Finally it died as it has lived: in an explosion of moral piety designed to disguise actions that, in truth, were the expression of the most ruthless and inhuman business judgment. The News of the World, Britain’s most popular newspaper, was closed down today, the victim of its own reprehensibly-won success, and 200 journalists were facing up to the reality that they will need to look for another job.
It was the right thing to do, James Murdoch explained in a written statement. “Wrongdoers turned a good newsroom bad and this was not fully understood or adequately pursued,” he explained, describing the culture behind the stunning series of crimes that have unfolded into public light this week to put the final cap on the phone-hacking scandal that has dogged his father Rupert’s empire for years. In order to atone for—among other sins—breaking into the voicemails of a murdered girl and deleting them to make room for more, in the process giving her family and friends false hope that she might have yet been alive, Murdoch explained that the proceeds of the final edition would be given to good causes.
“These are strong measures,” he said. “They are made humbly and out of respect. I am convinced they are the right thing to do.”
He did not add that in the process he and his father would be able to carve an opportunity out of a crisis by making the News’s sister paper, the Monday to Saturday Sun, into a seven day operation, with the hope of producing the same revenue with a far smaller staff.
Indeed, saying so would have been out of character; that’s not how things work at the News of the World. At the News of the World, vicious commercial decisions taken with no regard for the fates of the ordinary people who have done no wrong—a murdered girl’s parents, a new and less corrupt generation of News reporters—are routinely dressed up as acts of the greatest nobility.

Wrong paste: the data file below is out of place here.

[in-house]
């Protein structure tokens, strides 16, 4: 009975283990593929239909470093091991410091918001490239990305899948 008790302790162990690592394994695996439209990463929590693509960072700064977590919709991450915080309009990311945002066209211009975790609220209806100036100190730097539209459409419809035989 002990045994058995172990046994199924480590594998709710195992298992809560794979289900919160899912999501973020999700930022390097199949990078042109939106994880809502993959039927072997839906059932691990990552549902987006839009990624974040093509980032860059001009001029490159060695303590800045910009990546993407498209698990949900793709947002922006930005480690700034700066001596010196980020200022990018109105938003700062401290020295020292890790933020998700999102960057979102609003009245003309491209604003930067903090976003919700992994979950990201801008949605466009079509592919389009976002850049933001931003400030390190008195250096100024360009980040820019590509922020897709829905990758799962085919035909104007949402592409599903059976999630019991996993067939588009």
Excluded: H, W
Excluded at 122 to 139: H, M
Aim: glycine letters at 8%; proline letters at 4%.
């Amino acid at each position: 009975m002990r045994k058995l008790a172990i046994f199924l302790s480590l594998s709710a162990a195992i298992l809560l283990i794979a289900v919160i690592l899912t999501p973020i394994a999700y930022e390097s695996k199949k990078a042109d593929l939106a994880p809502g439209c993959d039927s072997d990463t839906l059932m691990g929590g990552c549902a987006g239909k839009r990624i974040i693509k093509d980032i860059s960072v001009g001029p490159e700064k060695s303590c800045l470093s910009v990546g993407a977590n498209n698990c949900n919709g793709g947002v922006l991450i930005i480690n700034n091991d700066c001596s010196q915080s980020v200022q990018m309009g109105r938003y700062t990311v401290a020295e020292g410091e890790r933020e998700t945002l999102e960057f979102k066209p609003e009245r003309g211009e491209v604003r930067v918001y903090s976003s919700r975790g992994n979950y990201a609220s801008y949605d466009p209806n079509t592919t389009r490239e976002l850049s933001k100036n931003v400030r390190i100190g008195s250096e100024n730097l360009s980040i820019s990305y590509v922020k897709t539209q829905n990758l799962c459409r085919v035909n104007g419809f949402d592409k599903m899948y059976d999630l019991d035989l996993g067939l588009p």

News International chief executive Rebekah Brooks was once the newspaper’s editor, and arguably the person who bears the most responsibility for its cutthroat culture of utter disregard for the law, or for any kind of ethical code. It was she who was tasked with delivering the official explanation to stunned staffers.
She did so in a brief speech that must have been unlike any delivered to a British newsroom in recent history. According to reports in various rival papers—there are no shortage of talkative sources in that newsroom now—she’d given senior editors just a few minutes notice of the bombshell plan; the mood later, when she finished telling the hoi polloi why they would all lose their jobs because of her (she may have phrased it differently) was, by all accounts, febrile, and Brooks must have been glad of the minders who had accompanied her into the newsroom.
Editor Colin Myler, as unsighted and stunned as anyone else, told her that he wanted to speak to his staff without her present. And then the most powerful woman in British newspapers left the newsroom of her most beloved title, the one she had killed, for the very last time. Inevitably, these being journalists, and this being London, everyone decamped to the pub. “They’re closing down a whole newspaper just to protect one woman’s job,” one unnamed reporter told Reuters afterwards. “There is a feeling of seething anger and pure hatred toward her. People are just in a complete state of shock.”
I work at The Independent, and there too the news was met with total disbelief—a genuinely jawdropping moment, the kind you’re unlikely to experience very often in your working life. The first garbled reports were dismissed (by me, at least) as misunderstandings or typos. And then the sources got more authoritative, and the details more convincing. And we realized it was true. The office dissolved into the kind of frenetic, concentrated activity that must be unique to newsrooms, and must have been found at the News of the World more often than anywhere else.